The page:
The atmosphere, golden and green, book-cases and story-tall sconces, has a top haze about it -- like the party that concludes Sofia Coppola's Virgin Suicides you can feel the air in every corner of Larrain's frame, a blueish-greenish fog that hangs in the air and over every shimmering surface. The film stock has weight and presence, a material grain -- Stewart's Diana seems as lost in the memory-less mist as Nicole Kidman in The Others, fighting to find an exit in fields that stretch out forever. We see the castle where the Royals have come to Christmas from an aerial perspective early on and it's a maze of moats and nothingness in every direction -- ye age olde question of were those built to keep something out or something in bobs up from beneath the surface, eyeing us every chance. Scarecrows and ghosts linger in the trees and up on the hills -- this haunted nowhere place.
And yet for all the horror happening to and from Diana, the woman herself, exhausted and self-sabotaging at every prance, is a beacon of light no matter how many hands come in from behind the curtains to dim her. There's an exquisite sequence near film's end where Stewart dances, a parade of costumes and smiles and free movement inside the confines of one or another corridor, thrusting forward a thing we all knew and loved about Diana -- she loved to dance -- that cuts the murk and depression off at its knees. Like the help and the awestruck people she renders stupid inside a restaurant at film's start there's so much truth and vibrancy given to our simple wish here, echoed out from history -- let the goddamned woman dance! This is a heist picture where it's her smile she's absconding -- she's stuffing her heart in her oversized pockets and smuggling it with the laundry. I rooted for escape, fresh air, a stretch of beach where one can scream freely, holding hands with a good and proper friend.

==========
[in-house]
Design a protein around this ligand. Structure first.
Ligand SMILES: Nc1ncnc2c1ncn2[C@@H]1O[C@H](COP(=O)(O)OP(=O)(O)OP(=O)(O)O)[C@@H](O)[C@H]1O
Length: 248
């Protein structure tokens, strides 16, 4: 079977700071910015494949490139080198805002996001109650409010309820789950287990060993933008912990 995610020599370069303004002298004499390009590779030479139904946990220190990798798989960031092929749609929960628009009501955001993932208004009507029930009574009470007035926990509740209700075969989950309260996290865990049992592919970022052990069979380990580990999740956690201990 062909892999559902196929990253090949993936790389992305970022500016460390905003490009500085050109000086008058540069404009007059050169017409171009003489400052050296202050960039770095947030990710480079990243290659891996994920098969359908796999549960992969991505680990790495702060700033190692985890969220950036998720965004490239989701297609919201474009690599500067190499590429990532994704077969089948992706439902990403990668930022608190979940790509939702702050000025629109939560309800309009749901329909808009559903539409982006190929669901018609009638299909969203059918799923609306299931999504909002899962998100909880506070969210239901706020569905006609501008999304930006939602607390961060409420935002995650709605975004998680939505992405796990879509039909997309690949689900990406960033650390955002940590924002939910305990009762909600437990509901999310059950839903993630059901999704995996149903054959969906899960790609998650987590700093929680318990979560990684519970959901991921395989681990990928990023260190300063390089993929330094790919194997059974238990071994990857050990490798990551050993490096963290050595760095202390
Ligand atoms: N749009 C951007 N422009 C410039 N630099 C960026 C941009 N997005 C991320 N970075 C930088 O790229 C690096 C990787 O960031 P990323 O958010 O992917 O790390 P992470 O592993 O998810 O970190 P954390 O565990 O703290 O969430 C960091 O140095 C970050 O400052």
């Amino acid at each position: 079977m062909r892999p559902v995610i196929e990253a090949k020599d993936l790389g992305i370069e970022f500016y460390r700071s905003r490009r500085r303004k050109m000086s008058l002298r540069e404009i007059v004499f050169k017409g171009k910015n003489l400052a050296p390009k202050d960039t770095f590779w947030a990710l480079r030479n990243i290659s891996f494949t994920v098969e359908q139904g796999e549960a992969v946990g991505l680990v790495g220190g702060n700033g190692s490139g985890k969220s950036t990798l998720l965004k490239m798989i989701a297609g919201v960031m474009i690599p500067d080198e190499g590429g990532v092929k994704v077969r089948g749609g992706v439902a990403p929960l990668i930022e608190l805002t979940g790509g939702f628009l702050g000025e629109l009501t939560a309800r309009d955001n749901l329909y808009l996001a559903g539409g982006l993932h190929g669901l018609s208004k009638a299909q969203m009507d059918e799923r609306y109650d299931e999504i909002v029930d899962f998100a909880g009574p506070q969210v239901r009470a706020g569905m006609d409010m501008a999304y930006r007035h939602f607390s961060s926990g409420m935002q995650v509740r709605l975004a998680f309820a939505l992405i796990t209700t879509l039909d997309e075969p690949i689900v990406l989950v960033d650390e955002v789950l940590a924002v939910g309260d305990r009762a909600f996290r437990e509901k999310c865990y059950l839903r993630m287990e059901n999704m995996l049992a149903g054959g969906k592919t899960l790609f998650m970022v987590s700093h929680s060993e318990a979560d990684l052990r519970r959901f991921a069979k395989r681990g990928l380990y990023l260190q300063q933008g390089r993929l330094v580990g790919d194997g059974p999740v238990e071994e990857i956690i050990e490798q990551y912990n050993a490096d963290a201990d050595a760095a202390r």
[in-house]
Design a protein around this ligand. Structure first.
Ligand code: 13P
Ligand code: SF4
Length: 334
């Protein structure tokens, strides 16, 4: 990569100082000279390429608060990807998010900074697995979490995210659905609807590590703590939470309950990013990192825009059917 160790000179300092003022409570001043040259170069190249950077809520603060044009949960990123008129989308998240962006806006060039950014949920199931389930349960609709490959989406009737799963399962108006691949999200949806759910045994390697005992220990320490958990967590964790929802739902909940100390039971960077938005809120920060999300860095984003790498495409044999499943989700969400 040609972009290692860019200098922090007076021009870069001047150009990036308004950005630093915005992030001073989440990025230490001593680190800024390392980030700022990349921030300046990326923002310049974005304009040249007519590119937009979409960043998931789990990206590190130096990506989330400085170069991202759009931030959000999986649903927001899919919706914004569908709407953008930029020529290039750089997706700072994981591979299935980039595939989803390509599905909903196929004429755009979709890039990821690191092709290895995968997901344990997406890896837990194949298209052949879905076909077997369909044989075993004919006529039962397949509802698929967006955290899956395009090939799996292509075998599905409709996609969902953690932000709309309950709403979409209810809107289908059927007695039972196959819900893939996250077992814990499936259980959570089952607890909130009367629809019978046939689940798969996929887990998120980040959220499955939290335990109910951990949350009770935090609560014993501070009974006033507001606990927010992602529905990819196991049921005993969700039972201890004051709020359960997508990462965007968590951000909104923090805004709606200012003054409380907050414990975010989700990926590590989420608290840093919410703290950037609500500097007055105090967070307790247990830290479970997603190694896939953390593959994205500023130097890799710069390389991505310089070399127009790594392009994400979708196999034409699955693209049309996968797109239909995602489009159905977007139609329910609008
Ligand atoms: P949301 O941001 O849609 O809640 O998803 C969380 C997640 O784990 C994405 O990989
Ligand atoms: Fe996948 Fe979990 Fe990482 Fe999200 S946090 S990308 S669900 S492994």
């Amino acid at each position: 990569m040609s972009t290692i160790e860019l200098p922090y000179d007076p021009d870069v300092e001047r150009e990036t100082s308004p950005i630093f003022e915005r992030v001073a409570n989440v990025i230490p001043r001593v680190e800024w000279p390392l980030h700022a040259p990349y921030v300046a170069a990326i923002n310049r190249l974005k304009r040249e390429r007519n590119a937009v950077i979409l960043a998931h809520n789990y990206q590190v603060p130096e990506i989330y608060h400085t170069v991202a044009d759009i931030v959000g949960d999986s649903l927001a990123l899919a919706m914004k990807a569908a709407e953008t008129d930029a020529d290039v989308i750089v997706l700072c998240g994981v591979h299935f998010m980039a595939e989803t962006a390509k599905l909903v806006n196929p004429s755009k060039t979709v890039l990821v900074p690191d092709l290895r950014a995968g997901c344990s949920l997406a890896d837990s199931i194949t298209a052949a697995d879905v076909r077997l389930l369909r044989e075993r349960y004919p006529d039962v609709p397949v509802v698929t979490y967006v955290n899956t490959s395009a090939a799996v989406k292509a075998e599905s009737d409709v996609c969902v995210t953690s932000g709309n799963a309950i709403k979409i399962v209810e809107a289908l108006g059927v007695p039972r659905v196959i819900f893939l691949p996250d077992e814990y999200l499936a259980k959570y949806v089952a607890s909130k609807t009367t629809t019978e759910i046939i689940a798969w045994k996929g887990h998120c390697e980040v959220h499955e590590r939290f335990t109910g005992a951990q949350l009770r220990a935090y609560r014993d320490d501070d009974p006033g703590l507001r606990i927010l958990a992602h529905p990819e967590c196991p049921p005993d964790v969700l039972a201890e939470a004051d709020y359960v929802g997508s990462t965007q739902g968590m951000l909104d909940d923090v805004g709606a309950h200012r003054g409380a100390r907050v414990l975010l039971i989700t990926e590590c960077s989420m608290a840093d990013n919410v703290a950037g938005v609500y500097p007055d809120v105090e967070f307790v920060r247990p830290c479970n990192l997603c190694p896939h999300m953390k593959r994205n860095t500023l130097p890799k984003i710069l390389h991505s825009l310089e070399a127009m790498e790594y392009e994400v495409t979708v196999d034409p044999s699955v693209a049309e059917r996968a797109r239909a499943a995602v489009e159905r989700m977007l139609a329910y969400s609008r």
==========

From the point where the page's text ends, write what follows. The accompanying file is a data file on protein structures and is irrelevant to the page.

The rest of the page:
I hadn't given it much thought since childhood but Spencer brought me right back to that time when my own parents were divorcing, which happened to coincide with about the same time as Diana was loosing herself. I was really too young to realize it at the time, so the fact that my own mother and Diana had apparently become inexorably linked on some sort of buried emotional wavelength wasn't a thing I was thinking, not until the scenes here, where Stewart's Diana sweeps up her two sons in her arms and smothers them with manic distracted kisses, as much, possibly even more, for her own benefit -- an unwavering love in the face of otherwise oblivion -- than theirs. Diana's love hurts, is ill-mannered and chaotic-tinged, it leaves a mark -- a mark I recognized, could press my own finger to today. History's scars get spoken about by battlefields, but they're pressed in person to person, and Spencer understands the worst and best both cut us to ribbons. Best turn on a pop song and just fucking run while you can.